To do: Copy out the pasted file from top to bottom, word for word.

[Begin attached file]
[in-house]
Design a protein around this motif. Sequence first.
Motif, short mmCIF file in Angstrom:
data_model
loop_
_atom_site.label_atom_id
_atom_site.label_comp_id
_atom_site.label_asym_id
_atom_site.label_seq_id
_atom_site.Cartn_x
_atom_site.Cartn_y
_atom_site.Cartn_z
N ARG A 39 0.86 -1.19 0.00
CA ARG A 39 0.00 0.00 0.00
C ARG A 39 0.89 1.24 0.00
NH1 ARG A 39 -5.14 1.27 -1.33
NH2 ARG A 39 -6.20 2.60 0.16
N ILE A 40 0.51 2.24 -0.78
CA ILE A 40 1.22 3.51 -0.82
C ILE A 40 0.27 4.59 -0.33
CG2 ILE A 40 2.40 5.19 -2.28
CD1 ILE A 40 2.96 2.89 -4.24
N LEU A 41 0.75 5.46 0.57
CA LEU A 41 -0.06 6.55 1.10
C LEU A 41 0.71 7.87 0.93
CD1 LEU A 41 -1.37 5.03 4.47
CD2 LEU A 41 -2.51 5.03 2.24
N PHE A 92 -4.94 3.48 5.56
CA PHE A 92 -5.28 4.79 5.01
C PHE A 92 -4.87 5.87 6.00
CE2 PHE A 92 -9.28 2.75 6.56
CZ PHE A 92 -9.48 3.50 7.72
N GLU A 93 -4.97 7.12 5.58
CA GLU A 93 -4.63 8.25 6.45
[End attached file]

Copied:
[in-house]
Design a protein around this motif. Sequence first.
Motif, short mmCIF file in Angstrom:
data_model
loop_
_atom_site.label_atom_id
_atom_site.label_comp_id
_atom_site.label_asym_id
_atom_site.label_seq_id
_atom_site.Cartn_x
_atom_site.Cartn_y
_atom_site.Cartn_z
N ARG A 39 0.86 -1.19 0.00
CA ARG A 39 0.00 0.00 0.00
C ARG A 39 0.89 1.24 0.00
NH1 ARG A 39 -5.14 1.27 -1.33
NH2 ARG A 39 -6.20 2.60 0.16
N ILE A 40 0.51 2.24 -0.78
CA ILE A 40 1.22 3.51 -0.82
C ILE A 40 0.27 4.59 -0.33
CG2 ILE A 40 2.40 5.19 -2.28
CD1 ILE A 40 2.96 2.89 -4.24
N LEU A 41 0.75 5.46 0.57
CA LEU A 41 -0.06 6.55 1.10
C LEU A 41 0.71 7.87 0.93
CD1 LEU A 41 -1.37 5.03 4.47
CD2 LEU A 41 -2.51 5.03 2.24
N PHE A 92 -4.94 3.48 5.56
CA PHE A 92 -5.28 4.79 5.01
C PHE A 92 -4.87 5.87 6.00
CE2 PHE A 92 -9.28 2.75 6.56
CZ PHE A 92 -9.48 3.50 7.72
N GLU A 93 -4.97 7.12 5.58
CA GLU A 93 -4.63 8.25 6.45